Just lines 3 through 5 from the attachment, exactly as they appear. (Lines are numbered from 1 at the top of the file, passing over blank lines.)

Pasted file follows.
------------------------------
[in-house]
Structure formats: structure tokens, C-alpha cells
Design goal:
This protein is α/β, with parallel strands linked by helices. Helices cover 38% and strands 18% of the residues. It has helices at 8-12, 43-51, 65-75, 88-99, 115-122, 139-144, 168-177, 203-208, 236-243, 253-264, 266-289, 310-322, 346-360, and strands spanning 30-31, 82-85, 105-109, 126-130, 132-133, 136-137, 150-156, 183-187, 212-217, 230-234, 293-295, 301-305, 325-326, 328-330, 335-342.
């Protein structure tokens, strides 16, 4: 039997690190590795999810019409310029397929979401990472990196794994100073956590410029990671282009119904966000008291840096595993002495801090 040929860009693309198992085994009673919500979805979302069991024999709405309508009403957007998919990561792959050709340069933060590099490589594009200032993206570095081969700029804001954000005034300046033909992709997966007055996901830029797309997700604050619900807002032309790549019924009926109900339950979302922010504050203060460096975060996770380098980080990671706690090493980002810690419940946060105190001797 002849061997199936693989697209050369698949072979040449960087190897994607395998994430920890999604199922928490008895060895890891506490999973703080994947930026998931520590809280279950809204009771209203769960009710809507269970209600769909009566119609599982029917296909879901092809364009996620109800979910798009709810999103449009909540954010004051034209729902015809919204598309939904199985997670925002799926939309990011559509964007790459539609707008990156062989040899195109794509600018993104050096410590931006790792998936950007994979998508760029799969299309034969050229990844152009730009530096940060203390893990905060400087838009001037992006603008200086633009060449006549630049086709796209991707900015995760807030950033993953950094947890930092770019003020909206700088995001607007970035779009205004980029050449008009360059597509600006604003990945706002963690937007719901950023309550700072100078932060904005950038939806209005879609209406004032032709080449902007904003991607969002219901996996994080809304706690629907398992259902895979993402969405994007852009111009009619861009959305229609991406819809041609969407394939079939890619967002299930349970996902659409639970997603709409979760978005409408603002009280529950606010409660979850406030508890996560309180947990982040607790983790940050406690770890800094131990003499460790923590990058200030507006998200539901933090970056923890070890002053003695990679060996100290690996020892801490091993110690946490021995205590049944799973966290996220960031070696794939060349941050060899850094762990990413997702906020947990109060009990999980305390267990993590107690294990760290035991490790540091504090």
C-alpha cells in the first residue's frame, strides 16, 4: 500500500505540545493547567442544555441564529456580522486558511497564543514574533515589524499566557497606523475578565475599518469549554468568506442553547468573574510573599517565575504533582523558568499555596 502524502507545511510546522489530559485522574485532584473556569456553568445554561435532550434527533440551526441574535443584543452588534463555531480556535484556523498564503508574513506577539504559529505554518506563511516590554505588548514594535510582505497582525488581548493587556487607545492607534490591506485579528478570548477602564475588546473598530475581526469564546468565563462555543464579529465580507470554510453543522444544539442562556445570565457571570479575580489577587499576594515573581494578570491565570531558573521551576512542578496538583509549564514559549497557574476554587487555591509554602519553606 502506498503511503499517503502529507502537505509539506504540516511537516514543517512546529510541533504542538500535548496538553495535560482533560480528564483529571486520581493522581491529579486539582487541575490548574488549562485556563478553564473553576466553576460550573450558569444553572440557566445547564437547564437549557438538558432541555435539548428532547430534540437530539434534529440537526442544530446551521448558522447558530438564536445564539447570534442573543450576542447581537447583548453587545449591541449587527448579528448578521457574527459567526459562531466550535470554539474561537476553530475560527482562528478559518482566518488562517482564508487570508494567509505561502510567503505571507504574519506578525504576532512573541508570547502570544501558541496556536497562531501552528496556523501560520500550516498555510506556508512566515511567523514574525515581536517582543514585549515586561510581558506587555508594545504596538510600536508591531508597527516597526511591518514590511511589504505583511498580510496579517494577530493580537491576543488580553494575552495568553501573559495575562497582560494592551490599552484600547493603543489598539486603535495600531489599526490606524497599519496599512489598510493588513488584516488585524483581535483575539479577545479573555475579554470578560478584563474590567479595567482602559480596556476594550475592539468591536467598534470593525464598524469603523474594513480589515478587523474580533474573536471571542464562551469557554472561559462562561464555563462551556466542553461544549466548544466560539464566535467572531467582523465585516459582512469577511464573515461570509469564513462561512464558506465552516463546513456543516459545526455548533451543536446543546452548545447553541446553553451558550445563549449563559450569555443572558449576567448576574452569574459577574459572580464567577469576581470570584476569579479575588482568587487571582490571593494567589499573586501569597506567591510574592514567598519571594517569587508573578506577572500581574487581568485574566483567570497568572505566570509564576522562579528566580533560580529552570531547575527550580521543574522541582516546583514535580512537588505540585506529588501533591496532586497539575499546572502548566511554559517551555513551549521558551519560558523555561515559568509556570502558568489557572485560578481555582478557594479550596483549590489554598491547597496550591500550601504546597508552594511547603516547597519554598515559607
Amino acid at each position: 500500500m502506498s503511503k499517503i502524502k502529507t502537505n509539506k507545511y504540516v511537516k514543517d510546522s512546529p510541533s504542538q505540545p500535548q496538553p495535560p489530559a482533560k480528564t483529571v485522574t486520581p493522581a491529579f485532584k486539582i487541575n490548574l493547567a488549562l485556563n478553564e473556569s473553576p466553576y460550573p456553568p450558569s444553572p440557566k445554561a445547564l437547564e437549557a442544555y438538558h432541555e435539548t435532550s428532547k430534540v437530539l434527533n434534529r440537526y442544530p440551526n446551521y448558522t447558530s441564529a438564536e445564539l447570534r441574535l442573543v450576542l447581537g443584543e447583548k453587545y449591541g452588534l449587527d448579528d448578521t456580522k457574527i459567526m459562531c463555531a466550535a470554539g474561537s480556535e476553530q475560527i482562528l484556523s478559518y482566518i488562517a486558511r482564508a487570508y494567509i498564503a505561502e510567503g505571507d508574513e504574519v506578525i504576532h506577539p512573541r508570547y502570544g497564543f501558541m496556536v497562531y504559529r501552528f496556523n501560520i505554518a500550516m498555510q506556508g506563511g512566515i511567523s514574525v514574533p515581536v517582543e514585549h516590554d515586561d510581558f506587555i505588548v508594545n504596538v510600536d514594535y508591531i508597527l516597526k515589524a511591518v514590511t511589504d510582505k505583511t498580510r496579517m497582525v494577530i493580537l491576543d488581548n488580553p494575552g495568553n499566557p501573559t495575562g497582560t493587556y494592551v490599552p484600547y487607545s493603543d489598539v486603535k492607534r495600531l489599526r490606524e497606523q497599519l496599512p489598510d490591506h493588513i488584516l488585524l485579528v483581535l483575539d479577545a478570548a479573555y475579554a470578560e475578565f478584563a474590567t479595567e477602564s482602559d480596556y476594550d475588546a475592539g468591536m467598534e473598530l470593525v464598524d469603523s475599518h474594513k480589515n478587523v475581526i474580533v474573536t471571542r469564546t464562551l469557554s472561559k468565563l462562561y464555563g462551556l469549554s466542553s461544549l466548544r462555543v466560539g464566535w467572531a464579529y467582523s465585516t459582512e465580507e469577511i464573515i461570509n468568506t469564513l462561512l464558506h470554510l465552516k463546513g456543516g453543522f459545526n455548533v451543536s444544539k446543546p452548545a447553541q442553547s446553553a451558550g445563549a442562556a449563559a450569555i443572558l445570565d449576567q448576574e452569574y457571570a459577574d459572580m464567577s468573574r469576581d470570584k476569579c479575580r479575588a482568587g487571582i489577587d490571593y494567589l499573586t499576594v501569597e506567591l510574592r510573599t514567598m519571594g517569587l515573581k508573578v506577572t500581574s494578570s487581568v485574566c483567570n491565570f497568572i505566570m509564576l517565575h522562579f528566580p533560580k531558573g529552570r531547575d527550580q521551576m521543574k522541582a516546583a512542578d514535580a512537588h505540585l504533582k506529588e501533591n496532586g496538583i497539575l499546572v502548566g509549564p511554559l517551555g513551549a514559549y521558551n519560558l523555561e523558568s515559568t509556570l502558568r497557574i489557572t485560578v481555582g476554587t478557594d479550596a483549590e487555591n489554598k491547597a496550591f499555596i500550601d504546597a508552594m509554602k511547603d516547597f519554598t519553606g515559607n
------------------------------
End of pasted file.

Design goal:
This protein is α/β, with parallel strands linked by helices. Helices cover 38% and strands 18% of the residues. It has helices at 8-12, 43-51, 65-75, 88-99, 115-122, 139-144, 168-177, 203-208, 236-243, 253-264, 266-289, 310-322, 346-360, and strands spanning 30-31, 82-85, 105-109, 126-130, 132-133, 136-137, 150-156, 183-187, 212-217, 230-234, 293-295, 301-305, 325-326, 328-330, 335-342.
């Protein structure tokens, strides 16, 4: 039997690190590795999810019409310029397929979401990472990196794994100073956590410029990671282009119904966000008291840096595993002495801090 040929860009693309198992085994009673919500979805979302069991024999709405309508009403957007998919990561792959050709340069933060590099490589594009200032993206570095081969700029804001954000005034300046033909992709997966007055996901830029797309997700604050619900807002032309790549019924009926109900339950979302922010504050203060460096975060996770380098980080990671706690090493980002810690419940946060105190001797 002849061997199936693989697209050369698949072979040449960087190897994607395998994430920890999604199922928490008895060895890891506490999973703080994947930026998931520590809280279950809204009771209203769960009710809507269970209600769909009566119609599982029917296909879901092809364009996620109800979910798009709810999103449009909540954010004051034209729902015809919204598309939904199985997670925002799926939309990011559509964007790459539609707008990156062989040899195109794509600018993104050096410590931006790792998936950007994979998508760029799969299309034969050229990844152009730009530096940060203390893990905060400087838009001037992006603008200086633009060449006549630049086709796209991707900015995760807030950033993953950094947890930092770019003020909206700088995001607007970035779009205004980029050449008009360059597509600006604003990945706002963690937007719901950023309550700072100078932060904005950038939806209005879609209406004032032709080449902007904003991607969002219901996996994080809304706690629907398992259902895979993402969405994007852009111009009619861009959305229609991406819809041609969407394939079939890619967002299930349970996902659409639970997603709409979760978005409408603002009280529950606010409660979850406030508890996560309180947990982040607790983790940050406690770890800094131990003499460790923590990058200030507006998200539901933090970056923890070890002053003695990679060996100290690996020892801490091993110690946490021995205590049944799973966290996220960031070696794939060349941050060899850094762990990413997702906020947990109060009990999980305390267990993590107690294990760290035991490790540091504090």